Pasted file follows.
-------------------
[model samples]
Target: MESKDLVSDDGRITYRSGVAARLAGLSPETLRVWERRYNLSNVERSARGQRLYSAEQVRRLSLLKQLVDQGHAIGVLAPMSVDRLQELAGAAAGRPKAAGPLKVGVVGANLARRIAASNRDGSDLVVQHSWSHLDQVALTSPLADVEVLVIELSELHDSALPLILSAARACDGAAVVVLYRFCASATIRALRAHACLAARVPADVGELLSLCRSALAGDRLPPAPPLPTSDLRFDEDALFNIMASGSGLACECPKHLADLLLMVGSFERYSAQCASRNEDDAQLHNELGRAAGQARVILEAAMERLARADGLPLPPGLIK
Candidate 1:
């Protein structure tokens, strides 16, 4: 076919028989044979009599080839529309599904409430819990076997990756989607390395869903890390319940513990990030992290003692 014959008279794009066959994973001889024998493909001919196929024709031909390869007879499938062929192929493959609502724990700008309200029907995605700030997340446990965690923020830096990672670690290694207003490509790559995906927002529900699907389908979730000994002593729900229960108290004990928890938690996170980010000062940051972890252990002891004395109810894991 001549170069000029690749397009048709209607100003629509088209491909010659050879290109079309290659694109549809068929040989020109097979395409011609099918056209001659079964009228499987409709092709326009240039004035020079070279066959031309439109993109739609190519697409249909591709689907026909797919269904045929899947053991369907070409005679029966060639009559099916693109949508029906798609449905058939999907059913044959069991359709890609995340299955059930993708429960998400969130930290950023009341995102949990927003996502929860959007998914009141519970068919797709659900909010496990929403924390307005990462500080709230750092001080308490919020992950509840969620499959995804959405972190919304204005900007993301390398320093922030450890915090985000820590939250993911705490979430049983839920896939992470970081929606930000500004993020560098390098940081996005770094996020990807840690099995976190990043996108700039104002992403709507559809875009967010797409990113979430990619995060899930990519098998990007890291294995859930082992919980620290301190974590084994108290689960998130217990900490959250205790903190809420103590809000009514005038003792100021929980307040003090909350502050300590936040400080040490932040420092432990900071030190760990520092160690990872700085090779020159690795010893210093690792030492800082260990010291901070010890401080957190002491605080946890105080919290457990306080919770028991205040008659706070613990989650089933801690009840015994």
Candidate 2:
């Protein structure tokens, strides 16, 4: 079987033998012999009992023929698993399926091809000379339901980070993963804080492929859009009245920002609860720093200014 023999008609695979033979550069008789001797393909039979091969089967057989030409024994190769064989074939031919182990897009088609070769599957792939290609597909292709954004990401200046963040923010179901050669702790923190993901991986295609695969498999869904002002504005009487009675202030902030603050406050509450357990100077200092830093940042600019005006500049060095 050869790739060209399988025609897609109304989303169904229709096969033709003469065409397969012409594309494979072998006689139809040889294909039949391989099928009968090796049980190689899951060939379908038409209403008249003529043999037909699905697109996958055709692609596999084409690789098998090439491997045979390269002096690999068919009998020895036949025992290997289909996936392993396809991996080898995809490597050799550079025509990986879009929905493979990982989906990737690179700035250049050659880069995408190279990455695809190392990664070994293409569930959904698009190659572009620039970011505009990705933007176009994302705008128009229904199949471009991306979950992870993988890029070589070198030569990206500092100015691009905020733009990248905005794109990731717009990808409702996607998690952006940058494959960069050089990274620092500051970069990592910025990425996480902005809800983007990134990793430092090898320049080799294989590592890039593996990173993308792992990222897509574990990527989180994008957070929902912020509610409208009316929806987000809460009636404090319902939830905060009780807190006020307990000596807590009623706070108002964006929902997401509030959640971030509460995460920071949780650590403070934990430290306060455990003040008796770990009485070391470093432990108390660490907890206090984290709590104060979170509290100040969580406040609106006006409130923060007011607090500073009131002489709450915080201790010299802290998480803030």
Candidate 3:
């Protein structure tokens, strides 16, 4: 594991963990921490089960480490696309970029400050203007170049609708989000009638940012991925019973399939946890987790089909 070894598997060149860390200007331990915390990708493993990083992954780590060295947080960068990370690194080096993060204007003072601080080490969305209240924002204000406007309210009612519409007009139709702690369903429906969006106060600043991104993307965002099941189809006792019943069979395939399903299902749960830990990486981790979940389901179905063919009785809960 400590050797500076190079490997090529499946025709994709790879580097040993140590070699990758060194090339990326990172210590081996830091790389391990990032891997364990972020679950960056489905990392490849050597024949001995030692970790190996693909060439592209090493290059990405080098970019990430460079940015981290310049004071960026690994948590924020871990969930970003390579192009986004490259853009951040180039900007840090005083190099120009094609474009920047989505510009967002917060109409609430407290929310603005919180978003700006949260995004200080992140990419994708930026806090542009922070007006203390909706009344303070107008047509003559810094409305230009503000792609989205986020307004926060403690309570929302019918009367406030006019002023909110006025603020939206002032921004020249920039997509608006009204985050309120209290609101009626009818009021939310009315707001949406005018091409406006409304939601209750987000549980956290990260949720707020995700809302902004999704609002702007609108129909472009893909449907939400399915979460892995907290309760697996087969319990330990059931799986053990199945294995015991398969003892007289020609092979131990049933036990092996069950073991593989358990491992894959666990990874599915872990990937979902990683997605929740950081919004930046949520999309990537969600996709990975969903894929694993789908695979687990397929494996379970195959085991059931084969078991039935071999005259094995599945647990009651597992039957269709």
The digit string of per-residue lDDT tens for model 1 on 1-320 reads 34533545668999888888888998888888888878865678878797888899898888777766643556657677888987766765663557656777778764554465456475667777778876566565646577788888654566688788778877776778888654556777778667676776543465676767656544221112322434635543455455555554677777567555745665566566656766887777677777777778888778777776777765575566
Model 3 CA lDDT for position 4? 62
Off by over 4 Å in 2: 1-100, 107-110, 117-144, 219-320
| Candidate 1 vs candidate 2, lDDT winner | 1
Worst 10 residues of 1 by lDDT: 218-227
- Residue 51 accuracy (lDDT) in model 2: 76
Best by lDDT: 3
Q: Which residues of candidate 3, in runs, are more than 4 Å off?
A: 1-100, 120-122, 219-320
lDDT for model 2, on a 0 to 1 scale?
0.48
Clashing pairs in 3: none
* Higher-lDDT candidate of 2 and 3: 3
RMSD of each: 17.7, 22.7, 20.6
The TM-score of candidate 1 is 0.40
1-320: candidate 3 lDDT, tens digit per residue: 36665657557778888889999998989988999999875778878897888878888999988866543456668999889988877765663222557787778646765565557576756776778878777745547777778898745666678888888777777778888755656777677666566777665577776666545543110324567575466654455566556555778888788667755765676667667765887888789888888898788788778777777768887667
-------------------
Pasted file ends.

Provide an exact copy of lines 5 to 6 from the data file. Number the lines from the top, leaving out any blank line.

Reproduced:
Candidate 2:
């Protein structure tokens, strides 16, 4: 079987033998012999009992023929698993399926091809000379339901980070993963804080492929859009009245920002609860720093200014 023999008609695979033979550069008789001797393909039979091969089967057989030409024994190769064989074939031919182990897009088609070769599957792939290609597909292709954004990401200046963040923010179901050669702790923190993901991986295609695969498999869904002002504005009487009675202030902030603050406050509450357990100077200092830093940042600019005006500049060095 050869790739060209399988025609897609109304989303169904229709096969033709003469065409397969012409594309494979072998006689139809040889294909039949391989099928009968090796049980190689899951060939379908038409209403008249003529043999037909699905697109996958055709692609596999084409690789098998090439491997045979390269002096690999068919009998020895036949025992290997289909996936392993396809991996080898995809490597050799550079025509990986879009929905493979990982989906990737690179700035250049050659880069995408190279990455695809190392990664070994293409569930959904698009190659572009620039970011505009990705933007176009994302705008128009229904199949471009991306979950992870993988890029070589070198030569990206500092100015691009905020733009990248905005794109990731717009990808409702996607998690952006940058494959960069050089990274620092500051970069990592910025990425996480902005809800983007990134990793430092090898320049080799294989590592890039593996990173993308792992990222897509574990990527989180994008957070929902912020509610409208009316929806987000809460009636404090319902939830905060009780807190006020307990000596807590009623706070108002964006929902997401509030959640971030509460995460920071949780650590403070934990430290306060455990003040008796770990009485070391470093432990108390660490907890206090984290709590104060979170509290100040969580406040609106006006409130923060007011607090500073009131002489709450915080201790010299802290998480803030």